Here's the product summary:
What is Microscope?
Humanity spreads to the stars and forges a galactic civilization...
Fledgling nations arise from the ruins of the empire...
An ancient line of dragon-kings dies out as magic fades from the realm...
These are all examples of Microscope games. Want to explore an epic history of your own creation, hundreds or thousands of years long, all in an afternoon? That's Microscope.
You won't play the game in chronological order. You can defy the limits of time and space, jumping backward or forward to explore the parts of the history that interest you. Want to leap a thousand years into the future and see how an institution shaped society? Want to jump back to the childhood of the king you just saw assassinated and find out what made him such a hated ruler? That’s normal in Microscope.
You have vast power to create... and to destroy. Build beautiful, tranquil jewels of civilization and then consume them with nuclear fire. Zoom out to watch the majestic tide of history wash across empires, then zoom in and explore the lives of the people who endured it.
Mock chronological order.
Defy time and space.
Build worlds and destroy them.
A role-playing game for two to four players. No GM. No prep.As a compulsive world-builder, I read that description (and a bunch of design posts at Ars Ludi) and immediately bought the PDF. Microscope seems to be a distant cousin to Greg Christopher's Statecraft, albeit one with a very different perception of time and space (and storytelling, for that matter). This is what I very much wanted Aria: The Canticle of the Monomyth to be.
Without going into a full-fledged review, I would like to say that I think game is very well done and has tremendous potential for some very interesting play. More importantly, it looks like it would be a great tool for developing a shared campaign world. My only experience with collaborative world-building thus far has been when Professor Pope and Cthulhu's Librarian and I tried to come up with something for the great WotC setting search (the one that ultimately yielded Eberron). If we had had this game back then, I think our proposal would have bene much stronger. It also might have yielded a setting that we would have used in play.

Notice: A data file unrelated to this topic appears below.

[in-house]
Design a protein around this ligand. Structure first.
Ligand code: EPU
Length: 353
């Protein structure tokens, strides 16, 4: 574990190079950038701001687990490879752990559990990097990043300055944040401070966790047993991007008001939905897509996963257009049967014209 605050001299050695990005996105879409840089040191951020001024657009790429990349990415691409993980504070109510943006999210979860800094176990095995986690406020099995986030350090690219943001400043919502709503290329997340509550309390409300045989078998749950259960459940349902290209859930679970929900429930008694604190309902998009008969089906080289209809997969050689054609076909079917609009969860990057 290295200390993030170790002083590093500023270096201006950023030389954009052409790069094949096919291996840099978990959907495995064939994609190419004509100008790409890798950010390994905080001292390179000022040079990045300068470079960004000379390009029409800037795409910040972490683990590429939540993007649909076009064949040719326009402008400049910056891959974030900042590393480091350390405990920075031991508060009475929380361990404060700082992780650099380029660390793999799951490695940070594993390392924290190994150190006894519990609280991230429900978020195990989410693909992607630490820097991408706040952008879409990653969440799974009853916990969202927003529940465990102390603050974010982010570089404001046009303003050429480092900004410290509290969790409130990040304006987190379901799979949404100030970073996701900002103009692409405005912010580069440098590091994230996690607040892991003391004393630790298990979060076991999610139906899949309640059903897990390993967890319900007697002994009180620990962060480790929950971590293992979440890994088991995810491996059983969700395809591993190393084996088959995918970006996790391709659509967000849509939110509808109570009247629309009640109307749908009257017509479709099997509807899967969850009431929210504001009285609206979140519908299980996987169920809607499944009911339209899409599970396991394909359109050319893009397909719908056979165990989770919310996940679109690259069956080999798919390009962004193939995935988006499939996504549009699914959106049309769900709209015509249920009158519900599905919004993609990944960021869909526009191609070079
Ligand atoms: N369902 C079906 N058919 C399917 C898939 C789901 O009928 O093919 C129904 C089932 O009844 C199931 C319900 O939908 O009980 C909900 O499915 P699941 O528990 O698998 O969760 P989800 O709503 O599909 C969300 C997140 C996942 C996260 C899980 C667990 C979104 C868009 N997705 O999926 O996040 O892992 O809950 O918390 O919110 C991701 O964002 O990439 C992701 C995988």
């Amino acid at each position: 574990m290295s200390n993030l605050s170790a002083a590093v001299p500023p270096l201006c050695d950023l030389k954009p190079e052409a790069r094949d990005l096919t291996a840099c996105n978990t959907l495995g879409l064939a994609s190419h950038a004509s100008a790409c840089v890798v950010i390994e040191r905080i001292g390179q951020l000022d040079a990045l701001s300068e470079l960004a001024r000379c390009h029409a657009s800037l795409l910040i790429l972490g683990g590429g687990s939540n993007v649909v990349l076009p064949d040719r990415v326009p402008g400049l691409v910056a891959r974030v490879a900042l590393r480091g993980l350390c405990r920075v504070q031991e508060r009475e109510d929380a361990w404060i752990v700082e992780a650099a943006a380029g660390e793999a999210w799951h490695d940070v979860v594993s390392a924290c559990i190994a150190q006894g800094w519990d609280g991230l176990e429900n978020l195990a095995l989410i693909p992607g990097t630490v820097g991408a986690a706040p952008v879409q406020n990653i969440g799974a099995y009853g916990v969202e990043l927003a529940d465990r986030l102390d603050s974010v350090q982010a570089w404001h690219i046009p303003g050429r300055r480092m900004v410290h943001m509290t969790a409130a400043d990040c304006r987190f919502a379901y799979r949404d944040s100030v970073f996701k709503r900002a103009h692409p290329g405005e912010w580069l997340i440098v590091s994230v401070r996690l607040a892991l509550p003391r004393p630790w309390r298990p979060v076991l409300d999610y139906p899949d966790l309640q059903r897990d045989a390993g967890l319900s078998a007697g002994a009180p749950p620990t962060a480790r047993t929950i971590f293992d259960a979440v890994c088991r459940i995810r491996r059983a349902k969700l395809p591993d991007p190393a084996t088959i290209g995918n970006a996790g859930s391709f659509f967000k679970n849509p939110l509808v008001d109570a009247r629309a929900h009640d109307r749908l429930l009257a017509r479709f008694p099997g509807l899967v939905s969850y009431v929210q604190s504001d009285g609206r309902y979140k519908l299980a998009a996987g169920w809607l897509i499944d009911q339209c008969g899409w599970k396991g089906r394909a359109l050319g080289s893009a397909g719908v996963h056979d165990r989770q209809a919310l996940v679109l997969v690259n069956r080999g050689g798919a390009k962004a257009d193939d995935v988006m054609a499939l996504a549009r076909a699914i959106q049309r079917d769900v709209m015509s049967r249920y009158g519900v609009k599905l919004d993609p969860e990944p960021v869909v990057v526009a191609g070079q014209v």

- It might be possible (and potentially awesome) to take this game and use a more traditional gaming system for individual scenes. A system that can support near-instantaneous character generation (Risus, Over the Edge, old school D&D, Old School Hack) is a great candidate for an alternate scene resolution mechanic, where the lens player becomes a temporary GM. Of course, it goes without saying that any rules system could be used to run games set in the world that is created using this game.
- Even without rounding up other players, the game provides an interesting framework for world design that could guide a solo world-builder (with or without the help of the Mythic GME).
- Though it is specifically warned against in the rules, this is the first game that had given me an inkling of how to run an Immortals game (i.e. a flashback-heavy game of Highlanders, vampires, and assorted demigods). I've been chewing on that idea for well over a decade.
- This game would be perfect for extrapolating alternate histories.
- It would cool to use Microscope for a game based on familial legacies. The relationships between the characters of Neal Stephenson's Baroque Cycle and Cryptonomicon immediately comes to mind.
- I can totally see using this to create the history of a very particular place over the ages...like a megadungeon! (See How to Host a Dungeon).